11. Consolidated Index to Queensland Government Gazette 1859–1919. Queensland Family History Society. 2004. ISBN 1-876613-79-3.
  12. "2008 Townsville City Council – Mayoral Election – Election Summary". Electoral Commission Queensland. Archived from the original on 15 May 2013. Retrieved 21 December 2013.
  13. "2012 Townsville City Council – Mayoral Election – Election Summary". Electoral Commission Queensland. Archived from the original on 27 February 2014. Retrieved 21 December 2013.
  14. "2016 Townsville City Council - Mayoral Election - Election Summary". Electoral Commission of Queensland. 20 April 2016. Archived from the original on 14 June 2016. Retrieved 18 June 2016.
  15. "2020 Local Government Elections: Saturday, 28 March 2020". Electoral Commission of Queensland. 2020. Retrieved 16 June 2020.
  16. "Aikens, Mr Thomas (Tom)". Re-Member Database. Queensland Parliament. Archived from the original on 5 May 2015. Retrieved 18 June 2014.
  17. "2016 Townsville City Council - Councillor Election - Election Summary". Electoral Commission of Queensland. 20 April 2016. Archived from the original on 7 June 2016. Retrieved 18 June 2016.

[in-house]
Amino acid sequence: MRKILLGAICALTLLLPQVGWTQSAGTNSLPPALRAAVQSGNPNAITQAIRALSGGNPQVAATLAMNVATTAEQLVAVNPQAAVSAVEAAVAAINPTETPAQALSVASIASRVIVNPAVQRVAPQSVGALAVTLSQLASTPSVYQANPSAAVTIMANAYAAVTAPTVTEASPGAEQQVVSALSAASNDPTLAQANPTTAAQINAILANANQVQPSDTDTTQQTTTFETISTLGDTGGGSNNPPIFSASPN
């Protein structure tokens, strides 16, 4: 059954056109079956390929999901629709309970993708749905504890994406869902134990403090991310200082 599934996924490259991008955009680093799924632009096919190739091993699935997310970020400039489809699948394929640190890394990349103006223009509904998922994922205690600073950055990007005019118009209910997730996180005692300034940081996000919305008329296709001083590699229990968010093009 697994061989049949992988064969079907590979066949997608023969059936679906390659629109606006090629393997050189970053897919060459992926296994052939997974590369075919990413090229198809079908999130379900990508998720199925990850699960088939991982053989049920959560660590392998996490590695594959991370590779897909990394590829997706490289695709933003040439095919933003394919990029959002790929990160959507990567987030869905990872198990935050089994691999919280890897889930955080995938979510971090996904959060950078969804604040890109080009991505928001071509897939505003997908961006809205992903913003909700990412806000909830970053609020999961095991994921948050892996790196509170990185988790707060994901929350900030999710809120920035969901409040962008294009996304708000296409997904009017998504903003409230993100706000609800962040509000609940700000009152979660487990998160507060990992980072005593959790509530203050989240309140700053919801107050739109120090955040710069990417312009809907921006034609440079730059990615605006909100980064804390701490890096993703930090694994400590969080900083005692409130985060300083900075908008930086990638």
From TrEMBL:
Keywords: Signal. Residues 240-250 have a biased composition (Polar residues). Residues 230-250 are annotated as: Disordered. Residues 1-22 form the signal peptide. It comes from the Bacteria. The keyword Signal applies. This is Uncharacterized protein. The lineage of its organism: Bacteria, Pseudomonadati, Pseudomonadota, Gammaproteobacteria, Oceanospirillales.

18. "Candidate Information". Electoral Commission of Queensland. Retrieved 29 October 2022.
  19. "Using your libraries: locations and opening hours". Townsville City Council. Archived from the original on 29 January 2018. Retrieved 29 January 2018.
  20. "Mobile Library Service" (PDF). Townsville City Council. Archived from the original (PDF) on 29 January 2018. Retrieved 29 January 2018.
  21. "Townsville City Council – Townsville's Sister Cities". Archived from the original on 3 January 2007. Retrieved 12 June 2007.